Saved by Zero: Why Brokerage Firms Are Obsessed With ’80s Songs in Their Commercials

November 12, 2019, 9:30 PM UTC
PortraIt Of The Fixx
Fidelity has found a groove with commercials featuring The Fixx. (Photo by Paul Natkin/Getty Images)
Paul Natkin—Getty Images

Have you noticed that financial-services commercials these days sound a lot like ‘80s night at the local club?

Well, you’re right. And there is good reason for it.

Take Fidelity Investments’ recent campaign announcing lowered account costs, part of the industry’s “race to the bottom” in fees. Zero online commissions, zero investment minimums, zero account fees—so which tunesmiths did the Boston-based money managers turn to, to get the message across?

Easy: “Saved By Zero,” the 1983 jam by British new wave band The Fixx.

That wasn’t a casual selection, but a very calculated one. Think it through: Which Americans are hitting their prime earning years right now, starting to inherit the vast wealth of their parents, and getting serious about managing their investments?

That would be those in their 40s and 50s, also known as Generation X, sandwiched (and often overlooked) between the Boomers and the Millennials. And which musical era do those investors remember fondly from their childhoods?

You got it—the ‘80s.

Fidelity knows this very well, which is why they have not only tapped The Fixx (not once, but twice), but other classic bands and songs from the era as well. Among them: OMD’s “If You Leave,” “A Message To You Rudy” by ska band The Specials, and “Always Something There To Remind Me” by Naked Eyes, among others.

“Our target audience loves hearing these songs,” says David Dintenfass, Fidelity’s chief marketing officer. “When they hear them, it gets them to pay attention. It reminds them of when they were first starting out in life—and now they are a bit older, and starting to reap the benefits of investing.”

In an oversaturated media world, the jukebox approach makes a lot of sense. The main challenge for marketers these days is the constant barrage of messages out there—on TV, radio, computers, videogames, smartphones, and every other possible medium.

One of the few ways to cut through all that noise, and actually grab an investor’s attention for a few seconds, is a catchy musical hook recalled from someone’s youth.

In the case of “Saved By Zero,” it was a deal struck between Fidelity and Sony/ATV, the world’s largest music publishing house, which owns the copyright to the song.

“Sit back and think about the audience that bankers and brokerages are going for right now,” says Brian Monaco, Sony/ATV’s president and global chief marketing officer. “It’s those who are building their nest eggs, and so it makes sense to play the music that really strikes a chord with them.”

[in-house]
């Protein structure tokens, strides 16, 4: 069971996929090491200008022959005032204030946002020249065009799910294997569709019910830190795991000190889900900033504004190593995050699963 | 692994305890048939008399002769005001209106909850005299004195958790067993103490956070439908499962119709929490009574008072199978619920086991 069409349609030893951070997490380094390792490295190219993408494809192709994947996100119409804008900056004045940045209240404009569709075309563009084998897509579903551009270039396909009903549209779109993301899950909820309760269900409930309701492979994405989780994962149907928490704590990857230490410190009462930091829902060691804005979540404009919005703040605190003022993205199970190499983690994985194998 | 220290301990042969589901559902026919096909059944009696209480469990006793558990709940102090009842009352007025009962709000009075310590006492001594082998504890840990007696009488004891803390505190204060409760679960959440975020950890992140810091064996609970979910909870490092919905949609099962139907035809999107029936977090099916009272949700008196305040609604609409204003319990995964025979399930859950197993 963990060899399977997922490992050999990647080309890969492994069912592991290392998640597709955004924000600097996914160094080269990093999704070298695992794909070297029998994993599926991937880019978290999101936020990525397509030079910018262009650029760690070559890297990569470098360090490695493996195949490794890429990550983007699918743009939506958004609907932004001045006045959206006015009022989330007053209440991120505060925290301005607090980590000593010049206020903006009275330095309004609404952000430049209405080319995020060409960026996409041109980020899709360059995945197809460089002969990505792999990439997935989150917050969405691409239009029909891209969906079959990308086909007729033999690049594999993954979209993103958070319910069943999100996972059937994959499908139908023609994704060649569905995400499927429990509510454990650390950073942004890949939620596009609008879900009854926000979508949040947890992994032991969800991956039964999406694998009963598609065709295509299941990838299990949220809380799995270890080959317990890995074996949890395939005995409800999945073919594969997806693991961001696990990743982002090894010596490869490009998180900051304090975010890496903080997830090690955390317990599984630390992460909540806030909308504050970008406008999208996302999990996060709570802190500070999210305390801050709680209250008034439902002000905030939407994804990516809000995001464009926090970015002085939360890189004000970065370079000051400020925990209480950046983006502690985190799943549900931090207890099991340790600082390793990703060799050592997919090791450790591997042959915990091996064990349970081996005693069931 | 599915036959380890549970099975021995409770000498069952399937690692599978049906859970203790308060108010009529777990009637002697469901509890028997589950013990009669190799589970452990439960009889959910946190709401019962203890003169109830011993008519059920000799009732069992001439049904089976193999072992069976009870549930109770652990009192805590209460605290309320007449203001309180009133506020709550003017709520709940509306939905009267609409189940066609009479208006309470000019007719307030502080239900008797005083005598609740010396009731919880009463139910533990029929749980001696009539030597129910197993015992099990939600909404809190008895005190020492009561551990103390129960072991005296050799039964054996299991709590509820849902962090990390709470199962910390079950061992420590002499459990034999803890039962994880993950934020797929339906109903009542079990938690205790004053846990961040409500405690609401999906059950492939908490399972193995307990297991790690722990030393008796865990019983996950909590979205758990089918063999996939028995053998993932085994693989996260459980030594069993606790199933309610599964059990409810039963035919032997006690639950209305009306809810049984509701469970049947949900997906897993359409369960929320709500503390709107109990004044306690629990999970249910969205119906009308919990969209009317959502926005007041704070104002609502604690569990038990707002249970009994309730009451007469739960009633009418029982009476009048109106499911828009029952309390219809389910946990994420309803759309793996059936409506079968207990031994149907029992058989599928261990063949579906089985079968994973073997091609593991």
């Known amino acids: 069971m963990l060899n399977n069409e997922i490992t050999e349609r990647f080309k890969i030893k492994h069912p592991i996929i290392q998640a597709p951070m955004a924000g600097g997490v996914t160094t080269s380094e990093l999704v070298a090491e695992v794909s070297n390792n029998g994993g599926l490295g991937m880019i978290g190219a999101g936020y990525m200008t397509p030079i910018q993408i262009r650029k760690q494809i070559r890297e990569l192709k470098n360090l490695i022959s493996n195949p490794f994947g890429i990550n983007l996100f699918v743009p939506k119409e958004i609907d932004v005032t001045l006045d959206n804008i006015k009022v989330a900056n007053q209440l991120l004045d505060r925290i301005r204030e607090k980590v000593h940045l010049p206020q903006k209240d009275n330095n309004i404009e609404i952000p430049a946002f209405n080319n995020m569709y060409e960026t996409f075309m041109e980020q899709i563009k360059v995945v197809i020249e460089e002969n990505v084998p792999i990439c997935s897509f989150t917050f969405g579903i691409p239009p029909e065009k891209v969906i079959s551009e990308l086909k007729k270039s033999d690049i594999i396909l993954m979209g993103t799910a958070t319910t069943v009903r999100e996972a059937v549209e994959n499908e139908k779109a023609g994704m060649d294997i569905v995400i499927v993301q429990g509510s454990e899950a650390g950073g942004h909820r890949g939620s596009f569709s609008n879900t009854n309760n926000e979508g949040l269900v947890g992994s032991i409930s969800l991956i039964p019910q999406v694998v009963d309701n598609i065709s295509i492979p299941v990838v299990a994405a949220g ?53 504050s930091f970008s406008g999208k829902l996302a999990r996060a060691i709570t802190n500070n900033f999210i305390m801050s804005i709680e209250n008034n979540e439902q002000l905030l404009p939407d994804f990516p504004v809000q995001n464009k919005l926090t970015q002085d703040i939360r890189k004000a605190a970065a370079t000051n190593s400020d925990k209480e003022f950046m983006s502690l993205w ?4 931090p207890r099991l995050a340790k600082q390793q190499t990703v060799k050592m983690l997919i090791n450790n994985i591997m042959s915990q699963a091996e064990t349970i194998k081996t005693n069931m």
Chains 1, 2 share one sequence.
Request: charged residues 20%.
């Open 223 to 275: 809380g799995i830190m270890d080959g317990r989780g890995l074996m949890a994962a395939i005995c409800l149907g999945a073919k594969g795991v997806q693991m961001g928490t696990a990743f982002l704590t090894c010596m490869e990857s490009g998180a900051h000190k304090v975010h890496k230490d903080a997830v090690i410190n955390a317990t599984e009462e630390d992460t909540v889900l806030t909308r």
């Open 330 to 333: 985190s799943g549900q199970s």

In this case, Fidelity outlined what it was looking to achieve, Sony/ATV pitched a few tunes that would be a good match, and ensuing negotiations hinged on factors like campaign duration, the types of media involved, and the territory that would be targeted.

The band itself was consulted for approvals—they don’t want their tunes used to hawk something negative or controversial, after all—and then a deal was struck (terms were confidential, Monaco says).

Sometimes it’s the band and its era that is a good fit for a marketing campaign, sometimes it is song lyrics—and sometimes it’s both.

“That song was a close fit to what we were getting across, with our zero-expense ratio fund,” says Fidelity’s Dintenfass. “That was successful, so when we launched more funds like that a couple of months later, we turned to The Fixx again for ‘One Thing Leads To Another’. It’s pretty rare that you get a perfect follow-up song like that.”

Of course, ‘Saved By Zero” was only one deal among many. Out of the more than three million songs in the Sony/ATV catalog, roughly one-third of them are licensed out in any given year, Monaco says.

A prominent recent example: The movie “Yesterday,” where—after a mysterious global blackout—a street busker turns out to be one of the only people in the world who can remember Beatles songs, and becomes a global superstar. Without Sony/ATV’s stamp of approval, that movie doesn’t happen.

The one song Monaco feels most protective of: “Over the Rainbow,” the classic Judy Garland song from “The Wizard of Oz”. “It’s probably the number-one song in the whole catalog,” he says.

When it comes to appealing to budding investors, though, it is ‘80s tunes that are reigning supreme right now. So might you see even more financial ads peppered with the likes of Dexy’s Midnight Runners, or T’Pau, or Soft Cell? Absolutely.

“You will be seeing more popular tunes show up,” hints Dintenfass (personal fave ‘80s tune: U2’s ‘A Sort of Homecoming’). “We love the strategy.”

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